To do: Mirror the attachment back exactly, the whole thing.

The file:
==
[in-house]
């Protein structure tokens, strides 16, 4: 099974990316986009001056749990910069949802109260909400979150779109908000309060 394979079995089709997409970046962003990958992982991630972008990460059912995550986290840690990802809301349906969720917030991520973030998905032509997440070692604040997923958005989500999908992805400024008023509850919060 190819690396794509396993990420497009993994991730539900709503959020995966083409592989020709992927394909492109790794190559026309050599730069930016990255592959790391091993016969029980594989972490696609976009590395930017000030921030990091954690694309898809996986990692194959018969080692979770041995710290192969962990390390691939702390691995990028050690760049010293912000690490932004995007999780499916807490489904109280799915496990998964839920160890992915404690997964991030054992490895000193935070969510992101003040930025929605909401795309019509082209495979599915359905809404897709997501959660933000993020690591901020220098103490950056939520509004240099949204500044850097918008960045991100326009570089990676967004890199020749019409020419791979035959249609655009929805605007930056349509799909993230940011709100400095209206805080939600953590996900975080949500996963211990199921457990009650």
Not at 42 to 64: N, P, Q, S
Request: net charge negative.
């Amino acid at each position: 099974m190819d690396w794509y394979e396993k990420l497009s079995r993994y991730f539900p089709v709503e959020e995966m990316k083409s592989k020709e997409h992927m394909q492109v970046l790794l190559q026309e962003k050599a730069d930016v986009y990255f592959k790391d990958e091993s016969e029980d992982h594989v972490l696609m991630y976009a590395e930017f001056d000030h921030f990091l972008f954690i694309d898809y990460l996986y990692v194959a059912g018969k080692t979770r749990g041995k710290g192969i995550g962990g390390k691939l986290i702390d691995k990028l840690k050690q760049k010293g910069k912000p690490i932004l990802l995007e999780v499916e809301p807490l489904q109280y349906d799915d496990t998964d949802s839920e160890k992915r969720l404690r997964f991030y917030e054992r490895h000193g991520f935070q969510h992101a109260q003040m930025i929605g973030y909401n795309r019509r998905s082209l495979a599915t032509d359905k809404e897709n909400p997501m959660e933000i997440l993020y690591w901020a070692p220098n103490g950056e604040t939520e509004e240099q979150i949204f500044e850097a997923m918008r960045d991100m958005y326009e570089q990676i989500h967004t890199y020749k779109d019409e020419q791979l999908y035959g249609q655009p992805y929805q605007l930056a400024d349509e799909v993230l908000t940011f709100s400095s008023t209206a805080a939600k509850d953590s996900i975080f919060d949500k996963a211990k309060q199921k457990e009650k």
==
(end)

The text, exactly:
[in-house]
């Protein structure tokens, strides 16, 4: 099974990316986009001056749990910069949802109260909400979150779109908000309060 394979079995089709997409970046962003990958992982991630972008990460059912995550986290840690990802809301349906969720917030991520973030998905032509997440070692604040997923958005989500999908992805400024008023509850919060 190819690396794509396993990420497009993994991730539900709503959020995966083409592989020709992927394909492109790794190559026309050599730069930016990255592959790391091993016969029980594989972490696609976009590395930017000030921030990091954690694309898809996986990692194959018969080692979770041995710290192969962990390390691939702390691995990028050690760049010293912000690490932004995007999780499916807490489904109280799915496990998964839920160890992915404690997964991030054992490895000193935070969510992101003040930025929605909401795309019509082209495979599915359905809404897709997501959660933000993020690591901020220098103490950056939520509004240099949204500044850097918008960045991100326009570089990676967004890199020749019409020419791979035959249609655009929805605007930056349509799909993230940011709100400095209206805080939600953590996900975080949500996963211990199921457990009650």
Not at 42 to 64: N, P, Q, S
Request: net charge negative.
């Amino acid at each position: 099974m190819d690396w794509y394979e396993k990420l497009s079995r993994y991730f539900p089709v709503e959020e995966m990316k083409s592989k020709e997409h992927m394909q492109v970046l790794l190559q026309e962003k050599a730069d930016v986009y990255f592959k790391d990958e091993s016969e029980d992982h594989v972490l696609m991630y976009a590395e930017f001056d000030h921030f990091l972008f954690i694309d898809y990460l996986y990692v194959a059912g018969k080692t979770r749990g041995k710290g192969i995550g962990g390390k691939l986290i702390d691995k990028l840690k050690q760049k010293g910069k912000p690490i932004l990802l995007e999780v499916e809301p807490l489904q109280y349906d799915d496990t998964d949802s839920e160890k992915r969720l404690r997964f991030y917030e054992r490895h000193g991520f935070q969510h992101a109260q003040m930025i929605g973030y909401n795309r019509r998905s082209l495979a599915t032509d359905k809404e897709n909400p997501m959660e933000i997440l993020y690591w901020a070692p220098n103490g950056e604040t939520e509004e240099q979150i949204f500044e850097a997923m918008r960045d991100m958005y326009e570089q990676i989500h967004t890199y020749k779109d019409e020419q791979l999908y035959g249609q655009p992805y929805q605007l930056a400024d349509e799909v993230l908000t940011f709100s400095s008023t209206a805080a939600k509850d953590s996900i975080f919060d949500k996963a211990k309060q199921k457990e009650k």